UNSW Engineers discover a New Spin Technique, another breakthrough for the Quantum Industry

Harnessing Quantum Spin

Engineers from UNSW Sydney have developed a novel method of precisely regulating individual electrons tucked away in quantum dots that operate logic gates. The new technique is also less complicated and needs fewer components, which may be crucial for realizing large-scale silicon quantum computers.

“This was a completely new effect we’d never seen before, which we didn’t quite understand at first. But it quickly became clear that this was a powerful new way of controlling spins in a quantum dot. And that was super exciting.”

Dr Will Gilbert, a quantum processor engineer at Diraq, UNSW spin-off company based at its Kensington campus & LEad AUthor

The fundamental building component of all computation is a logic gate. They make it possible for “bits,” or binary digits (0s and 1s), to cooperate and process data. A quantum bit, also known as a qubit, can exist in both of these states simultaneously, a situation known as a “superposition.”

Dr. Tuomo Tanttu from UNSW Engineering discovered a peculiar phenomenon when testing with various geometrical configurations of devices just billionths of a meter in size that govern quantum dots and numerous sorts of tiny magnets and antennas that drive their activities.

“I was trying to really accurately operate a two-qubit gate, iterating through a lot of different devices, slightly different geometries, different materials stacks and different control techniques. “Then this strange peak popped up. It looked like the rate of rotation for one of the qubits was speeding up, which I’d never seen in four years of running these experiments.”

Dr. Tuomo Tanttu, measurement engineer at Diraq.

The engineers later realized that what he had uncovered was a novel method for controlling the quantum state of a single qubit by using electric fields instead of the magnetic fields they had previously used. The engineers have been honing the technology since the discovery was discovered in 2020. It has now become another weapon in their toolbox for realizing Diraq’s goal of assembling billions of qubits on a single chip.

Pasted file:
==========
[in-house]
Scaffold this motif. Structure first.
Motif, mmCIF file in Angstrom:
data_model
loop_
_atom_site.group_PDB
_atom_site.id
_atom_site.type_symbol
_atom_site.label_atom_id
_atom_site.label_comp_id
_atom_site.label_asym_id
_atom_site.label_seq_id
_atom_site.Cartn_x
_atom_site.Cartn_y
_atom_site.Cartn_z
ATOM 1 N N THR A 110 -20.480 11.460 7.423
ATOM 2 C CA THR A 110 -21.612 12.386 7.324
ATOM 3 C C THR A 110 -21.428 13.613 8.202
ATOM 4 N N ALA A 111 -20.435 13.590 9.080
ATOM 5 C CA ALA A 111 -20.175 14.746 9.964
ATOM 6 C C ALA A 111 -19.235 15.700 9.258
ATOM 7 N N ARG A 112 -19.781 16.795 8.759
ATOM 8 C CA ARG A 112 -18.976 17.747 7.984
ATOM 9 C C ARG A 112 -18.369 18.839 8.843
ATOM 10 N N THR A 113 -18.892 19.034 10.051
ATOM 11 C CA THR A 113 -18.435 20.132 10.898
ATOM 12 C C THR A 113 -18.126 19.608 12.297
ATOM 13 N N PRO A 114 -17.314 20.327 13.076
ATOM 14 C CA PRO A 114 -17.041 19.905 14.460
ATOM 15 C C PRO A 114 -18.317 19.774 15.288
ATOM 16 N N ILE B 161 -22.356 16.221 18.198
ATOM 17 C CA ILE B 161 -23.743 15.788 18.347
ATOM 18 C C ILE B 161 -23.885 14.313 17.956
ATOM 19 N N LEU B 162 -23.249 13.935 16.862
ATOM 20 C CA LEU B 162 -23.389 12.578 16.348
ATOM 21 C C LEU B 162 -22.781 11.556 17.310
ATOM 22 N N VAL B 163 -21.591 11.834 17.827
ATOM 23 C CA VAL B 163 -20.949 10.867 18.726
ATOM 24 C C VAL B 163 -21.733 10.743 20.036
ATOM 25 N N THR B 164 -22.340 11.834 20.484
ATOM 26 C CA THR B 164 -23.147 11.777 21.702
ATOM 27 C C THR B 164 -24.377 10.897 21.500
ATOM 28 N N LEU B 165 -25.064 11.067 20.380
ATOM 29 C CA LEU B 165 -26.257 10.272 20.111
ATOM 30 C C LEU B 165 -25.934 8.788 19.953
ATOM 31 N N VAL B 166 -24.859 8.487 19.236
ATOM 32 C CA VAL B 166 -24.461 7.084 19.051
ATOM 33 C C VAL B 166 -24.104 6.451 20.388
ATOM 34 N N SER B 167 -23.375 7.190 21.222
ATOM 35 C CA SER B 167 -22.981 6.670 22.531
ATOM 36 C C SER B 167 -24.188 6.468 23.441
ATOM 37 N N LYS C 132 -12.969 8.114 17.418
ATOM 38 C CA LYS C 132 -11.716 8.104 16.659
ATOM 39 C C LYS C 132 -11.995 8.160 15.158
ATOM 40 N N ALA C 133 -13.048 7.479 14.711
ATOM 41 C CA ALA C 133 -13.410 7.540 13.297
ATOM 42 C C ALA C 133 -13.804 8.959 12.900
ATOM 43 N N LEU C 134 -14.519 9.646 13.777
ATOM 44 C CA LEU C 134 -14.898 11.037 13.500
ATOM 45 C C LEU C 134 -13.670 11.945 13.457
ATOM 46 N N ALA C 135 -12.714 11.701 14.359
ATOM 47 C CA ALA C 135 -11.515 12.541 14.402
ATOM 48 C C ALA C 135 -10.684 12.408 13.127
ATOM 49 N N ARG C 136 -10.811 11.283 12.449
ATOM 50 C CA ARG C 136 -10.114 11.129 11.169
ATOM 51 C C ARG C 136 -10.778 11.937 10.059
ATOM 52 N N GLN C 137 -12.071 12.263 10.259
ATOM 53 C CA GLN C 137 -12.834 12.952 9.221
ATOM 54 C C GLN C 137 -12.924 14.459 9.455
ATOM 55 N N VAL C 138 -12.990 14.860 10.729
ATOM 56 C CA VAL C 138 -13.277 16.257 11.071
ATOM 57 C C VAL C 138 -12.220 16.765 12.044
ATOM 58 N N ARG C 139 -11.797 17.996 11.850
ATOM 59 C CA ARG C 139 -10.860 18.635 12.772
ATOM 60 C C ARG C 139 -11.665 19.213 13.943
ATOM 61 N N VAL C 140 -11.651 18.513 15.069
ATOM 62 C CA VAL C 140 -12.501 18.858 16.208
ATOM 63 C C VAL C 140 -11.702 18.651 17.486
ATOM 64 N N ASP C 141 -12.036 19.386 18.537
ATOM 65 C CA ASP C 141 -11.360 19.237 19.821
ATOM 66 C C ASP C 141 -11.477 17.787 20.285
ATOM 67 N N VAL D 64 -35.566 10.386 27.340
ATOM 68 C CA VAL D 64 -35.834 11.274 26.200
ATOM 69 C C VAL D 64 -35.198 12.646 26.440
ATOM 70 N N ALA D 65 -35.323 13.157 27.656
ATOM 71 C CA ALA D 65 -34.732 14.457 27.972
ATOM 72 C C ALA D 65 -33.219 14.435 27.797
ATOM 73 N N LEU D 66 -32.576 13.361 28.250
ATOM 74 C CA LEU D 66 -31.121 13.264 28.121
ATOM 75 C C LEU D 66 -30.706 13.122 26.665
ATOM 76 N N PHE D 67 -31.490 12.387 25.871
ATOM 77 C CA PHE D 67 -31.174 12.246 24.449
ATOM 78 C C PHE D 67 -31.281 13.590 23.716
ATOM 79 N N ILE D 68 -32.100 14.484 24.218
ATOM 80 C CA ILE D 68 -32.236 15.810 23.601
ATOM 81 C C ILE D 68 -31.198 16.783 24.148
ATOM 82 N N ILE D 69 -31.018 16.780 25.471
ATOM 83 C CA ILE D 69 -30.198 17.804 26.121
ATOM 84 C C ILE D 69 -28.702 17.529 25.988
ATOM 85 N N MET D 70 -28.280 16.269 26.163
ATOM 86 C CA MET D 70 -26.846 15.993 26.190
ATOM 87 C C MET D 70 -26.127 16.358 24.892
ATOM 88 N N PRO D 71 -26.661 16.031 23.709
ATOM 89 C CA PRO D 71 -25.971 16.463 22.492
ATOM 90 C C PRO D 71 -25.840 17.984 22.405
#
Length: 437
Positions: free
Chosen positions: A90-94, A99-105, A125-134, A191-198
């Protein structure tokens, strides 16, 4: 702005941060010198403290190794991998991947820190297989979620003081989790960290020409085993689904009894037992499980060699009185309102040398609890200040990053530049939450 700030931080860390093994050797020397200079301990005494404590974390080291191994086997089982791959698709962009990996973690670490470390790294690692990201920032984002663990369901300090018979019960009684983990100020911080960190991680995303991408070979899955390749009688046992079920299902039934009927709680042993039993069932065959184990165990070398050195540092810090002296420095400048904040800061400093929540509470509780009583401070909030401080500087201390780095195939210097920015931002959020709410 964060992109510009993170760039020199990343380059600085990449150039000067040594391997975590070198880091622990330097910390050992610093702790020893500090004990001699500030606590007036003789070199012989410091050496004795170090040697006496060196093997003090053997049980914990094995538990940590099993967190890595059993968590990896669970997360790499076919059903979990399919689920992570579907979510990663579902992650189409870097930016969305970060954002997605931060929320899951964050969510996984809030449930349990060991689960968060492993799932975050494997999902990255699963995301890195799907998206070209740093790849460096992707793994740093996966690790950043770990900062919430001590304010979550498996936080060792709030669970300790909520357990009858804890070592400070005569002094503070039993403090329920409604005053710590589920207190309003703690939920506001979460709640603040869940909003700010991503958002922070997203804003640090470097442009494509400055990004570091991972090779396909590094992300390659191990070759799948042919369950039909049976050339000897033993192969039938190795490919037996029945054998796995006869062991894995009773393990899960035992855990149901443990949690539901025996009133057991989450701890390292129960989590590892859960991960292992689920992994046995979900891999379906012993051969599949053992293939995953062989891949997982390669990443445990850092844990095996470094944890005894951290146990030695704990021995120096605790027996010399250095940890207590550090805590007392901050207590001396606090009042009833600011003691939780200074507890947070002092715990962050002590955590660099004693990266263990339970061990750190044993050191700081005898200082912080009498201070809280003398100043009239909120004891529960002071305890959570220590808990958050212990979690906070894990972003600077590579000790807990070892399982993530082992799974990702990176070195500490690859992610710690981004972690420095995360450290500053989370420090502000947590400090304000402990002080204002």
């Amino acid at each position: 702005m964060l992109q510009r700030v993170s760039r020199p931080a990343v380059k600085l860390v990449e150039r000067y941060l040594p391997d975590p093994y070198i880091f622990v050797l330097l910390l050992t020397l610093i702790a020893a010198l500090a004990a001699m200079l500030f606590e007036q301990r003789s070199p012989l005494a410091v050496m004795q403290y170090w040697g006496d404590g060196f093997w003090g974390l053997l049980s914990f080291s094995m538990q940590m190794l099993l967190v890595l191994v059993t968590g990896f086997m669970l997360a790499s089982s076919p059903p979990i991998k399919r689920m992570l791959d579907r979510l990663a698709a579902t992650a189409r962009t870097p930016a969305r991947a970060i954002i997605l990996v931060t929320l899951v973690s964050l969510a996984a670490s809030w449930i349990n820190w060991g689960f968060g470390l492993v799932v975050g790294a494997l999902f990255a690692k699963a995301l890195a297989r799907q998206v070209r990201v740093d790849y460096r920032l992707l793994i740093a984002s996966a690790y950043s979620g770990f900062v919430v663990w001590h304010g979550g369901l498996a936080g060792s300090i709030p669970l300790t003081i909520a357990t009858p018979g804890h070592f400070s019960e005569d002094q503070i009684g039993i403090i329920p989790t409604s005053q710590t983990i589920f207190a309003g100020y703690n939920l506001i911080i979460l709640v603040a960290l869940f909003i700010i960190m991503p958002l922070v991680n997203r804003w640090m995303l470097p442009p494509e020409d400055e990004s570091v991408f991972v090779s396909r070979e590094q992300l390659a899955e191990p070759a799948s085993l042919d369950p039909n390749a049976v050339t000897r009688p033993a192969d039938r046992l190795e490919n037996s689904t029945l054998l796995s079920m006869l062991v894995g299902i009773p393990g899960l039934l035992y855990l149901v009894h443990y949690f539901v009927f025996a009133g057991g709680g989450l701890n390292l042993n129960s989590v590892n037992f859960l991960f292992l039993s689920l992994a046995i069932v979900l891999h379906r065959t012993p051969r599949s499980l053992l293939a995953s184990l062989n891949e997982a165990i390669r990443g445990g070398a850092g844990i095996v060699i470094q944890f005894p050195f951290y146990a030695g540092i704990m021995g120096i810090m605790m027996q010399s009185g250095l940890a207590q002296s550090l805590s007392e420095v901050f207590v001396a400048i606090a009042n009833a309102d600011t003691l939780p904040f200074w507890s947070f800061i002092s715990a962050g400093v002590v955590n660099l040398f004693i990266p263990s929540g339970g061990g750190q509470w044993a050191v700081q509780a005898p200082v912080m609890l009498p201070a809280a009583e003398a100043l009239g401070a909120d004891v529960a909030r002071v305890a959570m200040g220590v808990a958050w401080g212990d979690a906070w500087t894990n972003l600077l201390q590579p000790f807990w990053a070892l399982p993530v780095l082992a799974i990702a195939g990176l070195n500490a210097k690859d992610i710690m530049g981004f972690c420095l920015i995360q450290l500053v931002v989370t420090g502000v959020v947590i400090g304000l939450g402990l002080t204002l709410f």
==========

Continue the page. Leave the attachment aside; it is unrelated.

“This is a new way to manipulate qubits, and it’s less bulky to build – you don’t need to fabricate cobalt micro-magnets or an antenna right next to the qubits to generate the control effect. It removes the requirement of placing extra structures around each gate. So, there’s less clutter.”

Dr Will Gilbert, a quantum processor engineer at Diraq, UNSW spin-off company based at its Kensington campus & LEad AUthor

For quantum information processing in silicon, controlling a single electron without affecting surrounding neighbors is crucial. There are two recognized methods: electron spin resonance (ESR) employing an on-chip microwave antenna, and electric dipole spin resonance (EDSR), which relies on an induced gradient magnetic field. Intrinsic spin-orbit EDSR is the name of the recently discovered method.

The Future of Silicon-based Quantum Computers

Modern computers are made using a technique called complementary metal-oxide semiconductor, or CMOS (pronounced “see-moss”). It is used to create a variety of integrated circuit parts, such as image sensors, data converters, and digital logic circuits like microprocessors and microcontrollers.

“We often think of landing on the Moon as humanity’s greatest technological marvel. But the truth is, today’s CMOS chips – with billions of operating devices integrated together to work like a symphony, and that you carry in your pocket – that’s an astounding technical achievement and one that’s revolutionised modern life. Quantum computing will be equally astonishing.”

Professor Dzurak.

“This is a gem of a new mechanism, which just adds to the trove of proprietary technology we’ve developed over the past 20 years of research. “It builds on our work to make quantum computing in silicon a reality, based on essentially the same semiconductor component technology as existing computer chips, rather than relying on exotic materials. Since it’s based on the same CMOS technology as today’s computer industry, our approach will make it easier and faster to scale up for commercial production and achieve our goal of fabricating billions of qubits on a single chip.”

Professor Andrew Dzurak, Scientia Professor in Quantum Engineering at UNSW and CEO and founder of Diraq

Read more about it here.